When you are suffering from back pain it is hard to think about anything else. I began doing yoga to relieve my low back pain more than a decade ago and it worked! It helped with my back and many other aspects of my life, so I’ve been doing yoga ever since.
I am not talking about a slight back ache. I had several herniated disks with severe sciatica running down the back of my right leg. The pain was so bad that I couldn’t wear shoes with closed heels, and I limped. Physical therapy didn’t really offer much relief and I didn’t want to take cortisone injections.
I wanted to help my back heal naturally, so I turned to yoga and never looked back. I want everyone suffering with back pain to discover the same healing power of yoga that worked for me.
Caution: You should not perform these yoga exercises if you are experiencing severe or acute back pain. Please check with your doctor before beginning yoga or any exercise program, especially if your pain is accompanied by other symptoms like numbness or pain and tingling or weakness in your legs.
Low back pain is a significant health problem in the U.S. Did you know that according to the National Institutes of Health (NIH):
Seventy to 85 percent of all people have back pain at some time in their life.
Back pain is the most frequent cause of activity limitation in people younger than 45 years old.
Doctors usually recommend a combination of pain medications and exercise to treat low back pain, but complete relief is often difficult to achieve.
More than one million Americans use yoga, a form of “mind-body” exercise, as treatment.
In an article published in the December 20, 2005 Annals of Internal Medicine researchers compared the effectiveness of yoga, traditional exercise (combining aerobic, strengthening, and stretching exercises), and a self-care plan for the treatment of chronic low back pain. Results showed that after 12 weeks, yoga was significantly more effective than traditional exercise or a self-care approach in improving back function.
“Yoga may be beneficial for back pain because it involves physical movement, but it may also exert benefits through its effects on mental focus,” they wrote.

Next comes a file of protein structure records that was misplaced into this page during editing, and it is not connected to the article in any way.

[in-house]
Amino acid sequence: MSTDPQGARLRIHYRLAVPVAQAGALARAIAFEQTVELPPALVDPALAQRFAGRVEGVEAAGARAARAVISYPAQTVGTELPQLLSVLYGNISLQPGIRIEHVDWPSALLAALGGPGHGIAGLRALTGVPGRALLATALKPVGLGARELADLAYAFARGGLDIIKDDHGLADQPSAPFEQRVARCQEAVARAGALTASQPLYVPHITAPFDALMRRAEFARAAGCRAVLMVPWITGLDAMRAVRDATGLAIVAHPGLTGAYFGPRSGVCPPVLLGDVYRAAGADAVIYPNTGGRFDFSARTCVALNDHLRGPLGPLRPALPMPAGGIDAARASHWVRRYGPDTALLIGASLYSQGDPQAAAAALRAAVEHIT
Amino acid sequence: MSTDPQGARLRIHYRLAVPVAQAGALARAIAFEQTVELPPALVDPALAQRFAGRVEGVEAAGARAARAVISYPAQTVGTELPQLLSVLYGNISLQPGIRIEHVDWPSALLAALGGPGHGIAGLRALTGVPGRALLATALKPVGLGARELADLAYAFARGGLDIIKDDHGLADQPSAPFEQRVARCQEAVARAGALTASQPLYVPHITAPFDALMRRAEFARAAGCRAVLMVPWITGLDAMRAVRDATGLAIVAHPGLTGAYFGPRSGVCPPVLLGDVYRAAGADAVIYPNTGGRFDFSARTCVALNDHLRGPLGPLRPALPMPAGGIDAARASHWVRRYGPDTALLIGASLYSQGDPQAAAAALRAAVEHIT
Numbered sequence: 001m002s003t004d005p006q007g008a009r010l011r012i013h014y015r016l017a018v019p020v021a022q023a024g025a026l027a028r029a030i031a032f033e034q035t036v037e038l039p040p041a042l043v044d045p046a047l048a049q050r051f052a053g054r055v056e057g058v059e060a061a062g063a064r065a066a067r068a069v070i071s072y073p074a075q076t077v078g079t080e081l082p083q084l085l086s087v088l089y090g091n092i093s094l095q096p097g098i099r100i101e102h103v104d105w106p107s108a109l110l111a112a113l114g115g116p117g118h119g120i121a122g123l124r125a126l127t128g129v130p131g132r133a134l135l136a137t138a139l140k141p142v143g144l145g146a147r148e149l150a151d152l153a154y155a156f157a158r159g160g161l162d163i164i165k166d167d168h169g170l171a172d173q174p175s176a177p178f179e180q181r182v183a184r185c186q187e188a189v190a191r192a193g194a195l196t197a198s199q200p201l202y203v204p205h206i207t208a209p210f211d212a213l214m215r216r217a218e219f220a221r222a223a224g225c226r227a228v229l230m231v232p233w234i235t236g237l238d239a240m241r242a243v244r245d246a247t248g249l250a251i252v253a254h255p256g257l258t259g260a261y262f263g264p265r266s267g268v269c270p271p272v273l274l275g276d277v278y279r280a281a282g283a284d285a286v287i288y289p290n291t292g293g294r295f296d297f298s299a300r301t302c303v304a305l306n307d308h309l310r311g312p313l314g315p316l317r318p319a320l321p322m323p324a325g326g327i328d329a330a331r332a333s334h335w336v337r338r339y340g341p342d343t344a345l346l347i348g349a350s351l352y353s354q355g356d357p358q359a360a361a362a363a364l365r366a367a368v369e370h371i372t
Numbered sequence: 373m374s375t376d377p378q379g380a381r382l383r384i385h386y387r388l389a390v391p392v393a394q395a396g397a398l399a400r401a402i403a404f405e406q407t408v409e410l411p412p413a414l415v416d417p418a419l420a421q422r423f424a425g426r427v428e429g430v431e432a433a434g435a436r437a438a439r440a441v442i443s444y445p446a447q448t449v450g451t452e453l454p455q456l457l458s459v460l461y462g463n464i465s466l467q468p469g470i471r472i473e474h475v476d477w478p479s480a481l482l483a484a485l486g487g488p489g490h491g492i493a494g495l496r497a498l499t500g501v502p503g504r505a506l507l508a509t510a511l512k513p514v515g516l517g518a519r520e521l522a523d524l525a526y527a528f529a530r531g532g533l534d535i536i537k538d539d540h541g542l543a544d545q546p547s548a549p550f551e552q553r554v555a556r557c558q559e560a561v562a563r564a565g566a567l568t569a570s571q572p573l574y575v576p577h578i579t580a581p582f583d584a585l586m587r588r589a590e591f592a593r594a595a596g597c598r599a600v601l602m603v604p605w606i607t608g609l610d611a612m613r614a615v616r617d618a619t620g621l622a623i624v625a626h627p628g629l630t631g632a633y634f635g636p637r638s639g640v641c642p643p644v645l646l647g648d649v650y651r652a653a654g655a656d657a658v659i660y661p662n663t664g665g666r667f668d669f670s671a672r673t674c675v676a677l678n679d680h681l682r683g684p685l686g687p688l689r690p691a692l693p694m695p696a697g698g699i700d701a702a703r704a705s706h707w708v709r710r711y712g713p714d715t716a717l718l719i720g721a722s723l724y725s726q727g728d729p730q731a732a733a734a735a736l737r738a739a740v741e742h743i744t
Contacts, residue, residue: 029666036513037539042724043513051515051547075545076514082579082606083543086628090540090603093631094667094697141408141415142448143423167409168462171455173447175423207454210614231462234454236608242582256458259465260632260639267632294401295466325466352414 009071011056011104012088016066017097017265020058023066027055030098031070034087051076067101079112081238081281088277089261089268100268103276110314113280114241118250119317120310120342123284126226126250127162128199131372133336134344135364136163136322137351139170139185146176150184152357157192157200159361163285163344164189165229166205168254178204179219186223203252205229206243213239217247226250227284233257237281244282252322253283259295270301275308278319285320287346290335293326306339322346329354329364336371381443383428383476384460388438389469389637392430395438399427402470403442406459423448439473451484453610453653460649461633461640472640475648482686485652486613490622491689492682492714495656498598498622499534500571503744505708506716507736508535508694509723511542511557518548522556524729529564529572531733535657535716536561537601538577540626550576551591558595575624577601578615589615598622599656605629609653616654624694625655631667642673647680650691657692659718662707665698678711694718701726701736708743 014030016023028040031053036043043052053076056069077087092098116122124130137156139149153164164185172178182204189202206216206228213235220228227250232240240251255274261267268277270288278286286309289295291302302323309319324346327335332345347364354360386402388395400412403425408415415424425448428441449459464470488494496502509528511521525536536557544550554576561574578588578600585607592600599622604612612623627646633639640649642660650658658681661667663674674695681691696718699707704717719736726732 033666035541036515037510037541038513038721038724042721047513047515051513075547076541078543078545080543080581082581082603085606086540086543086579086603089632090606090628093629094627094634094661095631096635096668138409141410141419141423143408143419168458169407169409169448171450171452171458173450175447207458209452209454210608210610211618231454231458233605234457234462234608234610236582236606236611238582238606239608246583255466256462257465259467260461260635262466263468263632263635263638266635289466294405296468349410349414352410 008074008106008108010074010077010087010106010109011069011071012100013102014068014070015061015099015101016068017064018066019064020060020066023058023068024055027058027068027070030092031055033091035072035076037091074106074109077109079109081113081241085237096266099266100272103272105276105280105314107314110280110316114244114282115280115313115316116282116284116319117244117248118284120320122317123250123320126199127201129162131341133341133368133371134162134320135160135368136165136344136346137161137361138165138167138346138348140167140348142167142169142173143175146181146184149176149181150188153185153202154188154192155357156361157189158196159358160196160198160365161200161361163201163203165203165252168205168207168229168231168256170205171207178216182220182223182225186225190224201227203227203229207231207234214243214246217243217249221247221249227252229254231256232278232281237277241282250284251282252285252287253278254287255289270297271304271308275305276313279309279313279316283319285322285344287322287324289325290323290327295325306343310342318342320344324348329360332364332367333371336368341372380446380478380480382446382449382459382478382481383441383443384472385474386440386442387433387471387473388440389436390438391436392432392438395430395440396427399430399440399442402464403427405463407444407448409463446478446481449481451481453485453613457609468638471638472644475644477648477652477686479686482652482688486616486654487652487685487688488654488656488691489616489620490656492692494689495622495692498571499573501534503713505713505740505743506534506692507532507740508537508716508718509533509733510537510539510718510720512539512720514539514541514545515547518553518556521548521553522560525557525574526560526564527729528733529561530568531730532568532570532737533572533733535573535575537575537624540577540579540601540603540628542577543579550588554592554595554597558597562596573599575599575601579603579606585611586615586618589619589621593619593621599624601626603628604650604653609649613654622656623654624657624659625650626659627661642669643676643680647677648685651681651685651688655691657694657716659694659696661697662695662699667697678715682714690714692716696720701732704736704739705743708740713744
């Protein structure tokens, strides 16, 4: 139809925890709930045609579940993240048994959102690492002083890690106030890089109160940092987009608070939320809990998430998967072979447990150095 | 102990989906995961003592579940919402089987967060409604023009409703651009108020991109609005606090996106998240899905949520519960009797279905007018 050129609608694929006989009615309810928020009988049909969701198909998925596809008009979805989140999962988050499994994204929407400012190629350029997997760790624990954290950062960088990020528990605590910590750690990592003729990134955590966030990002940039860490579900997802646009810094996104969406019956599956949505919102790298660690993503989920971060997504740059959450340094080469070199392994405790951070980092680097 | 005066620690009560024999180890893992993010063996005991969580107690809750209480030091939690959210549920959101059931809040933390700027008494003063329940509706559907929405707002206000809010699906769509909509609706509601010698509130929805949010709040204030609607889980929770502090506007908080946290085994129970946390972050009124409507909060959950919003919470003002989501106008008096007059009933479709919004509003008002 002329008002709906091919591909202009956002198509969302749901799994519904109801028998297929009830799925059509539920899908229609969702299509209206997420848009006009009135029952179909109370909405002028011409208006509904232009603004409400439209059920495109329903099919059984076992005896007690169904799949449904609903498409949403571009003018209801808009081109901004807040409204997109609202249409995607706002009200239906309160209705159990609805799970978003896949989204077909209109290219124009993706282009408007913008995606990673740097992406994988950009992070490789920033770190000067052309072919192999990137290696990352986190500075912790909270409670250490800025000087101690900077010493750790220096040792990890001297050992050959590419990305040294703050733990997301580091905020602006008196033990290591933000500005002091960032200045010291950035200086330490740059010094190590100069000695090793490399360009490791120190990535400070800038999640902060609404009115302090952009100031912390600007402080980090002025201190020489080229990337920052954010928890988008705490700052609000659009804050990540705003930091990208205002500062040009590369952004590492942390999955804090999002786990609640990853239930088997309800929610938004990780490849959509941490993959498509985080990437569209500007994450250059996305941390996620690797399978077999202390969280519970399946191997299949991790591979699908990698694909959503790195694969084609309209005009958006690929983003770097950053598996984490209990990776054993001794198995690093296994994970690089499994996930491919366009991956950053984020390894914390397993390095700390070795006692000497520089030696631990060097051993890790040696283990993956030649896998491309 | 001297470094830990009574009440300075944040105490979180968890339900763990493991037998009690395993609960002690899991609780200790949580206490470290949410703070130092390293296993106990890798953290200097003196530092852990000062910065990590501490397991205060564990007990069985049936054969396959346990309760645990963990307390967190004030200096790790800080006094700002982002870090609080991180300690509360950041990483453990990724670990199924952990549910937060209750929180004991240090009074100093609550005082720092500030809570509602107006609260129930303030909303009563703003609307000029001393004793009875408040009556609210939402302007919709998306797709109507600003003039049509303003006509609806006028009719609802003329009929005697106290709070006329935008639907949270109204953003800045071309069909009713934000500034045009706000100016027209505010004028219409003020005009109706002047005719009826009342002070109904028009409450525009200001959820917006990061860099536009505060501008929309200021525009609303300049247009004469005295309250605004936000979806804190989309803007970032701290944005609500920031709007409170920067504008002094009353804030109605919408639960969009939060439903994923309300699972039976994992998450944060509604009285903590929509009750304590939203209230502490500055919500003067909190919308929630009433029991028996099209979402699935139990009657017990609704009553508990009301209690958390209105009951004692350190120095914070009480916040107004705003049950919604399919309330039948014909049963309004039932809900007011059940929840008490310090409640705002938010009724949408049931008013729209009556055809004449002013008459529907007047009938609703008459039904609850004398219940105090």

Viniyoga Used in Study
Patients in the study learned Viniyoga, a therapeutic style of yoga that is easy to learn and can be adapted for various body types and fitness levels.
“This study suggests that Viniyoga is a safe and effective treatment for chronic back pain and provides physicians with a rationale for recommending it (and possibly other therapeutically oriented styles of yoga as well) to their patients.”
How a Good Yoga Teacher Can Help
Once your doctor gives you the okay, find a good yoga teacher and tell her about your pain and any other medical concerns. Find out if she is certified and what kind of yoga she teaches.
An experienced teacher with a background in Viniyoga, Iyengar, or Anusara yoga should have the training required to respond to your physical limitations creating gentle yoga exercises to safely stretch and strengthen your back.
Why Yoga Helps
One of the essential principles of back care is to create balance by developing strong yet flexible muscles, something yoga for back pain is designed to do. Most people, especially those of us living sedentary lives, have certain muscles in our bodies that tend to be tight and others that are weak, creating imbalances and pulling our spine and joints out of alignment. So, the focus will be to stretch and increase flexibility in some areas, while strengthening others.
For example, tight hamstring muscles (in the back of the thighs) and hip flexors (in the front of the thighs) can contribute to low-back pain so poses that stretch these muscles are important for overall back care.
How Yoga Helps with Back Pain
-Strengthens and stretches the back muscles
-Helps lengthen the spine and create more space for the discs between your vertebrae
-Improves posture leading to diminished pain
-Increases flexibility in your shoulders and hips, decreasing demands on your back
-Increases blood flow to muscles and joints, allowing nutrients to flow in, and toxins to flow out
-Increases blood to the spongy discs between the vertebrae and spinal muscles
-Improves body awareness, making you more conscious of movements that may contribute to the pain
Source by Martha McKinnon